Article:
In 2018, Ushijima transitioned to working at the SMS full-time, after receiving a George Burch Fellowship, which supports distinguished scholars in residence at the Smithsonian. During his tenure at the SMS, he helped build up the Station’s microbiology lab, renovate the coral quarantine facility and ramp up research on SCTLD. With a nod to his postdoctoral studies, Ushijima also served as one of the lead investigators at the Coral Health and Marine Probiotics Lab, where he spearheaded efforts to develop probiotics for treating SCTLD and preventing its transmission.

Now, as an assistant professor at UNCW, Ushijima has begun developing high-throughput methods for identifying probiotics to combat SCTLD. Ushijima’s lab is also working with collaborators at UNCW to determine whether probiotics could improve coral reproduction. Though progress toward deploying probiotics in the field has been made, “we need to do more testing and see what’s actually effective,” Ushijima said. “No one’s done this before, so we’re kind of just shooting in the dark.” However, he’s motivated to make an impact. “I always tell people, ‘No, this [SCTLD] outbreak is not going to kill all the coral. We're going to take care of that.’”

As he has worked to save corals from impending death, Ushijima has faced both scientific and personal challenges, the latter of which are tied, in part, to the lack of diversity in STEM. “You mentally feel like you don’t belong when you stick out in a room. It can be very isolating sometimes,” Ushijima said. “Not every new researcher has the same background or life experiences,” he continued. “Even [if you’re] at the same career level, you might have absolutely nothing in common.” Ushijima reflected on how institutions will try to bring new researchers together to foster community, but only those who are part of the majority benefit. For everyone else, “it can turn out to be isolating instead.”

However, Ushijima emphasized that it takes all kinds of scientists to understand the world, highlighting the value of collaboration and diversity in all its forms. Indeed, he routinely collaborates with scientists who can fill in gaps in his own training to tackle complex questions. “When you don't have diversity, you're narrowing a field’s view,” he said. “Different people bring in different points of view [and] different ways to approach things. You don't need an Ivy League pedigree background to be a good scientist—[and] you don't need that to have a good idea, either. The more points of view you can have, the more ways you can attack a problem.”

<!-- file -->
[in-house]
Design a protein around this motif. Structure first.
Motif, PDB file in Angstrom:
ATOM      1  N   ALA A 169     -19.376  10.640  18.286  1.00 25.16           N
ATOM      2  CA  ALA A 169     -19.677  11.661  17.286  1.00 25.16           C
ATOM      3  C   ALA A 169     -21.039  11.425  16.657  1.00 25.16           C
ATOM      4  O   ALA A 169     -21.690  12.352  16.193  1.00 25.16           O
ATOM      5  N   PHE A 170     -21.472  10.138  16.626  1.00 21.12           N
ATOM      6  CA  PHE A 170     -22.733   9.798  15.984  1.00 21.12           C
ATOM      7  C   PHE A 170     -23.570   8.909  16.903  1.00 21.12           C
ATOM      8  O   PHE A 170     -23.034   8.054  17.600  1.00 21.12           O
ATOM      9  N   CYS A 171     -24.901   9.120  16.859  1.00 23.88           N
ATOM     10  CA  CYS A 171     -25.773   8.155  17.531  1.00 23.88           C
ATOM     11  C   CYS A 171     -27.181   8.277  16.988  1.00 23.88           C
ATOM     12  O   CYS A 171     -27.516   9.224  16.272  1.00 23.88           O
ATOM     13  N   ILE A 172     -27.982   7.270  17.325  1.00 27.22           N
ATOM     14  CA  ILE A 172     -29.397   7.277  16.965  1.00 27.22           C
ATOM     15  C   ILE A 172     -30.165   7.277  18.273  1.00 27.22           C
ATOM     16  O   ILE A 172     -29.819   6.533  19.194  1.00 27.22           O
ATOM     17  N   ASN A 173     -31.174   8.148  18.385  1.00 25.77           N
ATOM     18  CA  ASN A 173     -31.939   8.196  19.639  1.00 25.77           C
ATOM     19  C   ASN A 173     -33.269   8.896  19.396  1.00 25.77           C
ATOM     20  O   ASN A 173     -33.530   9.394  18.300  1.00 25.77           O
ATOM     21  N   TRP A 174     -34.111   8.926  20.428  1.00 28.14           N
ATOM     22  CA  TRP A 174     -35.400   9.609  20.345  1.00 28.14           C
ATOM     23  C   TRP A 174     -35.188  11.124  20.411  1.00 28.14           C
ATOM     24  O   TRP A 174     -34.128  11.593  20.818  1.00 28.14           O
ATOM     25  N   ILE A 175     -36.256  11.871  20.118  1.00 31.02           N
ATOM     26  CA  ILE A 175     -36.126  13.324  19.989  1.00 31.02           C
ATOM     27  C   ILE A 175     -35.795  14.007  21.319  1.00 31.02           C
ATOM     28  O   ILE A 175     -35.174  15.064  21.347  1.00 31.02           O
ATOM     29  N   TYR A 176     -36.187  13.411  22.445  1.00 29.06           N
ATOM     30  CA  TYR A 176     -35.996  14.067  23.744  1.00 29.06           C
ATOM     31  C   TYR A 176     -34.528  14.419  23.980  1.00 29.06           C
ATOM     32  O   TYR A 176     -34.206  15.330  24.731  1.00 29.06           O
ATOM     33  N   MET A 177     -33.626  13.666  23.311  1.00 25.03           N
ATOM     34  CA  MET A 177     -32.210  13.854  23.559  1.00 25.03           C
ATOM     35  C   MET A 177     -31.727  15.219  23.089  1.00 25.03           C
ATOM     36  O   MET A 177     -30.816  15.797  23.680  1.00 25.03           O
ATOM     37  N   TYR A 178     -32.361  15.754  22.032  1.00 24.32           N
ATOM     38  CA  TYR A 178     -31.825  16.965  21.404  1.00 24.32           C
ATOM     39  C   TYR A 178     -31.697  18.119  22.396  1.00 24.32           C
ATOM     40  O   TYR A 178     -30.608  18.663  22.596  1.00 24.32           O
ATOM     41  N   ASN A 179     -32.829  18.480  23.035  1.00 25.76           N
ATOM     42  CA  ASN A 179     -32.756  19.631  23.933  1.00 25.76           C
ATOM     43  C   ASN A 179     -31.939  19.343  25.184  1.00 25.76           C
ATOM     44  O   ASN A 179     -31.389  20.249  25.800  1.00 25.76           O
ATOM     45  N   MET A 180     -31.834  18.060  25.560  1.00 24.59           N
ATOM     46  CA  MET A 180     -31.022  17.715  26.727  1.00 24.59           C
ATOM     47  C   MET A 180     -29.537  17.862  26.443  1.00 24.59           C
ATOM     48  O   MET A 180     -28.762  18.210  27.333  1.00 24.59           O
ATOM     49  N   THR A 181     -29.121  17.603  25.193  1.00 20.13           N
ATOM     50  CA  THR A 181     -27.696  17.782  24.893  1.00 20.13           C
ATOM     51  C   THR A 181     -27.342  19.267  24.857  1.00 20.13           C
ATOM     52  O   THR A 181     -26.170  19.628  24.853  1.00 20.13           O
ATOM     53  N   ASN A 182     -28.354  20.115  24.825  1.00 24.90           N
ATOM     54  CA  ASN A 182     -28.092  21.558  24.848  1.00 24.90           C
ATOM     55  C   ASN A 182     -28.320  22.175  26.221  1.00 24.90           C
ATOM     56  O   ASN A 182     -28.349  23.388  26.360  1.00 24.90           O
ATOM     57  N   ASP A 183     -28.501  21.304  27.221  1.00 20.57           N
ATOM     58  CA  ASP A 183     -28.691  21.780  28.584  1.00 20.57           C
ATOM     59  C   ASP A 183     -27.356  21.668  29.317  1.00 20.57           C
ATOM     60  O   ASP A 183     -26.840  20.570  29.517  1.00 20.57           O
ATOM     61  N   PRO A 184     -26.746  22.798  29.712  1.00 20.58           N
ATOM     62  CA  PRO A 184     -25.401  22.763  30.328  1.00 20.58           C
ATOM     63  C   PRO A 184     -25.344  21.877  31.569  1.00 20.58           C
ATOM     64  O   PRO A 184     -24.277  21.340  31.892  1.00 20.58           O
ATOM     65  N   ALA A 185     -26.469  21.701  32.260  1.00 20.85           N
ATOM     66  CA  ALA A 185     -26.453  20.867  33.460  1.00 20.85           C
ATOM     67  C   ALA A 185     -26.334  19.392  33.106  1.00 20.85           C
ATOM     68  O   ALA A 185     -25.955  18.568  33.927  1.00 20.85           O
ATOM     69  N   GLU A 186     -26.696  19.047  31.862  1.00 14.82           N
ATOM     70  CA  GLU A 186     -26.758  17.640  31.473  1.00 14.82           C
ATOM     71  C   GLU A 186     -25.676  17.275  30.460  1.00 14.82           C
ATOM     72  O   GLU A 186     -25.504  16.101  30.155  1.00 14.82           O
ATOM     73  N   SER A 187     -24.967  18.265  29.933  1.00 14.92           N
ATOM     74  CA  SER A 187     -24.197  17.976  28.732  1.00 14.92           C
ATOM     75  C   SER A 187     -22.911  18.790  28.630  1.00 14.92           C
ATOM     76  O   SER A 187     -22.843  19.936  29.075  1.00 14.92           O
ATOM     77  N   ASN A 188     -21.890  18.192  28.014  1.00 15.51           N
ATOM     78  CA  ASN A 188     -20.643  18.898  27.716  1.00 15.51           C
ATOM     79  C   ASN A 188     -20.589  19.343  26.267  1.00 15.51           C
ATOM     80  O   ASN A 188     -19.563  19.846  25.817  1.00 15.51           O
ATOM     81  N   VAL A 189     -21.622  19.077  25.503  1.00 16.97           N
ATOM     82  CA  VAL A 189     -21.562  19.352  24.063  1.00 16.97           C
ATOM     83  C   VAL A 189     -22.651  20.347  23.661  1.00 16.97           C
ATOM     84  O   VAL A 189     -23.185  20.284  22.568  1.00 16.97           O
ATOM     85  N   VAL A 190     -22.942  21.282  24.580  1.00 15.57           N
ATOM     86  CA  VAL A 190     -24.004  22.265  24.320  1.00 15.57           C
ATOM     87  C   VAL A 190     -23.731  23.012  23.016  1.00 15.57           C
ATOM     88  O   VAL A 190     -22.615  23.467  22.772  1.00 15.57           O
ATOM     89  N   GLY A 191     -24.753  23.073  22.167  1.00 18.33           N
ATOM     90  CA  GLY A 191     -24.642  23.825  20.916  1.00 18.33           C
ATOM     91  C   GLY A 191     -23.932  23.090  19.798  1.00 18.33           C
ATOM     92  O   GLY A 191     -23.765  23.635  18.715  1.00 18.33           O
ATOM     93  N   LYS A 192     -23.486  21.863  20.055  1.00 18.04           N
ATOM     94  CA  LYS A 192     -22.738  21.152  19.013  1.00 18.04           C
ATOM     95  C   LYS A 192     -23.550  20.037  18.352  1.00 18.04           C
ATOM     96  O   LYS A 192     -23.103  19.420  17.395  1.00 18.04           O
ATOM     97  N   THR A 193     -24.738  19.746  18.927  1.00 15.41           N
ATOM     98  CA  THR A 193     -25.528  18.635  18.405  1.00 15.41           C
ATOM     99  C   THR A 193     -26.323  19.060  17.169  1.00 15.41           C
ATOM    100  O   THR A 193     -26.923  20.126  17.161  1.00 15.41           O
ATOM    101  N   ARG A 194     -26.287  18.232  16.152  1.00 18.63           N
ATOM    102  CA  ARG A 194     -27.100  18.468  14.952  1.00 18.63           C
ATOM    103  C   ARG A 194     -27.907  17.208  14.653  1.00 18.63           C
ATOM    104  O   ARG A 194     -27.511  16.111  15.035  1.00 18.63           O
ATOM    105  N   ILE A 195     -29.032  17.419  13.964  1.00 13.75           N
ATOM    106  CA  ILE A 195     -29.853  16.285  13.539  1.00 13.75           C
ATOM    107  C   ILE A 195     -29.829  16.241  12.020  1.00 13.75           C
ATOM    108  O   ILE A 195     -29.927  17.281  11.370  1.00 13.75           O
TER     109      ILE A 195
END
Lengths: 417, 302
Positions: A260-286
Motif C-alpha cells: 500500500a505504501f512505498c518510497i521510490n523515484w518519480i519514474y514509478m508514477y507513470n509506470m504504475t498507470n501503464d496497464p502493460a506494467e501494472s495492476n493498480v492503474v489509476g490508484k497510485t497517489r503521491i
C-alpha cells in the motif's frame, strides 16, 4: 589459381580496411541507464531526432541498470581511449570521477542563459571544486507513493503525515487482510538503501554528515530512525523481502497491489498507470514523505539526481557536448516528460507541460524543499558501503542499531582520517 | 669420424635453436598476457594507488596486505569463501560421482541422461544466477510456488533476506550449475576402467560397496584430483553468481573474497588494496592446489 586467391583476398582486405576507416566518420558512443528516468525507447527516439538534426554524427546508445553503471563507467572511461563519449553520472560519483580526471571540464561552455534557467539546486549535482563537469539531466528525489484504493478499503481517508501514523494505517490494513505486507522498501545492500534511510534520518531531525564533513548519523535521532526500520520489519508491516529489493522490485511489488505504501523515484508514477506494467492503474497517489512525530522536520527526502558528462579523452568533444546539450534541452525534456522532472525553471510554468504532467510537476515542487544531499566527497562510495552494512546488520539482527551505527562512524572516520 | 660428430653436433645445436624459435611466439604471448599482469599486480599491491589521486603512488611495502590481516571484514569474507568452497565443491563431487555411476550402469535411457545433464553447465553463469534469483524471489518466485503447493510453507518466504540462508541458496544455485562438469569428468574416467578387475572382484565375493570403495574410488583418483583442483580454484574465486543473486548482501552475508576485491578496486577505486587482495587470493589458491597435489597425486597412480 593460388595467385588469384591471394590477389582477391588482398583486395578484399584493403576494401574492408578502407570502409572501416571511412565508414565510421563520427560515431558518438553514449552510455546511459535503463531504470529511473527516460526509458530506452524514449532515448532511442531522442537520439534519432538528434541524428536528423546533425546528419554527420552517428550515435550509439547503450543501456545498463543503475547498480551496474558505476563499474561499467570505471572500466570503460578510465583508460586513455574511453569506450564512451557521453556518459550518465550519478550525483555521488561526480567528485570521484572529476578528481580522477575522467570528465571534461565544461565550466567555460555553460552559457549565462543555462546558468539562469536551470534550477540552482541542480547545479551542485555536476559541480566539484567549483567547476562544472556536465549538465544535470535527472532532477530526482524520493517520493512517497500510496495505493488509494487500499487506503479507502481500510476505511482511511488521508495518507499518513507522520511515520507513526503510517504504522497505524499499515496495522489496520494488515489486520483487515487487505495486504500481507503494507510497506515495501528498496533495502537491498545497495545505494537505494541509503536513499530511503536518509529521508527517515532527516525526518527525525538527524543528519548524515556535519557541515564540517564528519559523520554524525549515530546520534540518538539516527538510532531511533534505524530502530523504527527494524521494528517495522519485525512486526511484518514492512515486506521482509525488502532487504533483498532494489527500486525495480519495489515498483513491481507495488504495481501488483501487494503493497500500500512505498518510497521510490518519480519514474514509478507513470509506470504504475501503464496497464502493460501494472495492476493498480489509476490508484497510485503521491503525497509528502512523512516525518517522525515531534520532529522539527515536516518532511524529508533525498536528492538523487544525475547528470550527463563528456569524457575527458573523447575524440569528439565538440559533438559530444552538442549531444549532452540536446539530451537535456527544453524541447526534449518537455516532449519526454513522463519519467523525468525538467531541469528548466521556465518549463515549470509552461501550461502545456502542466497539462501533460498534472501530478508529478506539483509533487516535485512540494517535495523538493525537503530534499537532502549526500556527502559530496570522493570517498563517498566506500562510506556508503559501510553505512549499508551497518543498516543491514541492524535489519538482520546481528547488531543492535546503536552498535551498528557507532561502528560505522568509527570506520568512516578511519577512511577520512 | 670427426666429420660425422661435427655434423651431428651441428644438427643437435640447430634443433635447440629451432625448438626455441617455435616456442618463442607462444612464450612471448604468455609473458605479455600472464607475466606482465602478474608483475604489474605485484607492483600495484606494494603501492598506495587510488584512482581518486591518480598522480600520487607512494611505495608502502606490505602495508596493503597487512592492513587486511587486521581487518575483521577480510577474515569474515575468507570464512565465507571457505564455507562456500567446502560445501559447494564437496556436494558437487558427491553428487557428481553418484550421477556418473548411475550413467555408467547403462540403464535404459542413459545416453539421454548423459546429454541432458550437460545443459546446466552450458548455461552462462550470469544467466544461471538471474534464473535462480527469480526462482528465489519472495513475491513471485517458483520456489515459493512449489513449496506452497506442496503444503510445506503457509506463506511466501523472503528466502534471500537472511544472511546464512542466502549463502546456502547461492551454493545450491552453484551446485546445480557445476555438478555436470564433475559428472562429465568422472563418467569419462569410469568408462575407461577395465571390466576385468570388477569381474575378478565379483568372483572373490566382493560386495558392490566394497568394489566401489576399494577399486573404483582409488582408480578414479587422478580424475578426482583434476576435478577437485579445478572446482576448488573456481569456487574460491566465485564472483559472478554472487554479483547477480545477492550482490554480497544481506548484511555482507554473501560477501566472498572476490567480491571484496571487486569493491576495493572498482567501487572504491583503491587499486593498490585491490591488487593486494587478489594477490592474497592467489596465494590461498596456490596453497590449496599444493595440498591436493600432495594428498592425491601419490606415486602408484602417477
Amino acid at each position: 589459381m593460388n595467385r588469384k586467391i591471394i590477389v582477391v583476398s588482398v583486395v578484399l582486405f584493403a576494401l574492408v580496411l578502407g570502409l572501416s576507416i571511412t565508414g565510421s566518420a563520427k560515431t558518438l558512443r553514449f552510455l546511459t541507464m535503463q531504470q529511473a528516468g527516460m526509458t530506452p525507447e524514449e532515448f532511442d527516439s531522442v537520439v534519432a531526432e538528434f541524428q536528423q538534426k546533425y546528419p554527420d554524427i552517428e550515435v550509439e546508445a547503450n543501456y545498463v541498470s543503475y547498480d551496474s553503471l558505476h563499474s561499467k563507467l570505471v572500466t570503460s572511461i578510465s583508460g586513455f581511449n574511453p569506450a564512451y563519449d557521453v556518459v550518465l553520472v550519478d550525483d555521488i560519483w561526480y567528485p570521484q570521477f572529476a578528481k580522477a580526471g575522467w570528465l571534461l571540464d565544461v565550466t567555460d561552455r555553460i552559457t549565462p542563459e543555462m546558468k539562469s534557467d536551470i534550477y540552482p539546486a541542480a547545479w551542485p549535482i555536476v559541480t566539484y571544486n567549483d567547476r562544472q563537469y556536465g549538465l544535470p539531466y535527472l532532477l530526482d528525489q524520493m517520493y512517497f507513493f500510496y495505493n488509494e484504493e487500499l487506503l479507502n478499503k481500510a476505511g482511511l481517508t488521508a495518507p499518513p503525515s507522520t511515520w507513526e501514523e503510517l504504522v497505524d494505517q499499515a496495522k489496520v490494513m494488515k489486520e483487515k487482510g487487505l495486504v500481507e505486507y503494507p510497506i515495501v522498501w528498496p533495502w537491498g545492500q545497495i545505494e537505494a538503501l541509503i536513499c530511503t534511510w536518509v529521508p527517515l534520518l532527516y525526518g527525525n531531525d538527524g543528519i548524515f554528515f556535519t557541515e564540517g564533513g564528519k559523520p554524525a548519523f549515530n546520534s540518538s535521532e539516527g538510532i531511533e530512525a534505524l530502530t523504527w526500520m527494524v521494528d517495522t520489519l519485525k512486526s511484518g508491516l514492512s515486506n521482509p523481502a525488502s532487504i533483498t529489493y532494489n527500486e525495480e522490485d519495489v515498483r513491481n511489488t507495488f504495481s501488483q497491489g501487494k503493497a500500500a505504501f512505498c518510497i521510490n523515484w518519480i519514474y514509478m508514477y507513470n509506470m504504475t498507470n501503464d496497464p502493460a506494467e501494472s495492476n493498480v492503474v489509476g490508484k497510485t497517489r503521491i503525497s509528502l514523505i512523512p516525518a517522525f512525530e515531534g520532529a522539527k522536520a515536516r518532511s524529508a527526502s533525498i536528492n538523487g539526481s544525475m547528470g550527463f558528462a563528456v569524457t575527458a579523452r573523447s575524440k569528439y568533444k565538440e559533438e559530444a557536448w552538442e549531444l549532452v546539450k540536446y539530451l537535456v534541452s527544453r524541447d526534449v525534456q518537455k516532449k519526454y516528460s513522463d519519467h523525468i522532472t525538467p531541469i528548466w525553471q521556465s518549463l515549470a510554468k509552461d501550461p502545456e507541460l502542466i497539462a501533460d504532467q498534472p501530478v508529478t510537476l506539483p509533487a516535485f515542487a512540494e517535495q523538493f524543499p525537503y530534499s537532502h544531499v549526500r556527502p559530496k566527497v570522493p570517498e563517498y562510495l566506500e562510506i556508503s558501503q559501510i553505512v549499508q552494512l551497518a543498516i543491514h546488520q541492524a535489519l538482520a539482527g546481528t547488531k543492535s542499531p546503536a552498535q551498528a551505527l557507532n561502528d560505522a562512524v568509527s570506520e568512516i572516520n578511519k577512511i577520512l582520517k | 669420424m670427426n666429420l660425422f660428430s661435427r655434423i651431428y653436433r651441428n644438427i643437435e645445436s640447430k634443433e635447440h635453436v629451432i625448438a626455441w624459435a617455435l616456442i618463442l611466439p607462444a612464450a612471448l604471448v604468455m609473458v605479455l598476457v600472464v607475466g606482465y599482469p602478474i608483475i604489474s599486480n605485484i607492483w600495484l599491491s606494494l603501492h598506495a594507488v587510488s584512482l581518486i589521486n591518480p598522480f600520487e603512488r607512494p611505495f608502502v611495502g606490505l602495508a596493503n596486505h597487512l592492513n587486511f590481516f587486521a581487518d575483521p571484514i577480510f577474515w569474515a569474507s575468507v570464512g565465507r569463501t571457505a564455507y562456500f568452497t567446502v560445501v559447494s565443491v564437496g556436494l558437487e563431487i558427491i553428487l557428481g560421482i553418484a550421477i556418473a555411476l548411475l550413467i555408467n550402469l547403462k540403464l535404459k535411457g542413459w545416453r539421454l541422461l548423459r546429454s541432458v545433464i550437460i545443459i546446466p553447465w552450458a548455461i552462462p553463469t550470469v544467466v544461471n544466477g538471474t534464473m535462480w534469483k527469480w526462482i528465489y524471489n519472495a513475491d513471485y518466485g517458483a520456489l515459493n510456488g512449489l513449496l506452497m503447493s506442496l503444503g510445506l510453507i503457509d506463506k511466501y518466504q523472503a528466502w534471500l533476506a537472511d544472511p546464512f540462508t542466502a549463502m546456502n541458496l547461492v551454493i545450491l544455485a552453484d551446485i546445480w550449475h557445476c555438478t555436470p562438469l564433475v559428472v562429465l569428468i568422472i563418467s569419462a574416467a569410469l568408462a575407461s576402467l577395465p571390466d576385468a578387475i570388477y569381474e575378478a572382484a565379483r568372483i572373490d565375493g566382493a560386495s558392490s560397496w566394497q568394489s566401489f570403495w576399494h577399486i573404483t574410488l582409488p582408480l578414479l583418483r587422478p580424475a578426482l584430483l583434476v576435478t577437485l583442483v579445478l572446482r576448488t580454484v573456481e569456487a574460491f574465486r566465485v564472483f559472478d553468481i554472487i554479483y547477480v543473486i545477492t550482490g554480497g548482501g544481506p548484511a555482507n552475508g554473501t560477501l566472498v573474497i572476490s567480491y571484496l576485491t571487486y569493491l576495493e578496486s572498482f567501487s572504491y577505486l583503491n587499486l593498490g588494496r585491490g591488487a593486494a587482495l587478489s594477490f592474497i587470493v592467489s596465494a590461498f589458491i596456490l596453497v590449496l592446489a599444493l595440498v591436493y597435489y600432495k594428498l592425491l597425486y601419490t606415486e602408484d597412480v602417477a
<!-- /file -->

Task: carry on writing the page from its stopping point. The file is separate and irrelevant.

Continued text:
And while surrounding yourself with scientists from diverse fields and perspectives is key for conducting impactful science, Ushijima noted that finding those with similar life experiences can lessen feelings of isolation and a lack of belonging. He advised early-career scientists to “find your support network, even [if] they're not physically there,” stating that “we’re all connected online somehow.” Ushijima pointed to Black Women in Ecology, Evolution, and Marine Science, an organization that elevates and supports a global community of Black women scientists, started by his collaborator, Nikki Traylor-Knowles, Ph.D., as an example. “It’s a very amazing way to connect with people with similar life experiences [and] to have a support network across the world.” 

For his own part, Ushijima works to create a sense of community for UNCW students and colleagues as part of the Department of Biology and Marine Biology’s Science Access, iNclusion, and Diversity (SAND) Committee. The committee aims to understand issues faced by scientists in the department and how to address them. The group’s initiatives include compiling resources for undergraduate and graduate students on various topics (e.g., mental health and education centers among others), reforming class syllabi or developing rubrics for new hires. The overall goal is to foster an environment where everyone has the support network they need to thrive. “It may not seem like it's super important at first,” Ushijima said, “but over time, being able to have that familiarity or have that connection with somebody really does help.”  

Author: Madeline Barron, Ph.D.

Madeline Barron, Ph.D.
Madeline Barron, Ph.D. is the Science Communications Specialist at ASM. She obtained her Ph.D. from the University of Michigan in the Department of Microbiology and Immunology.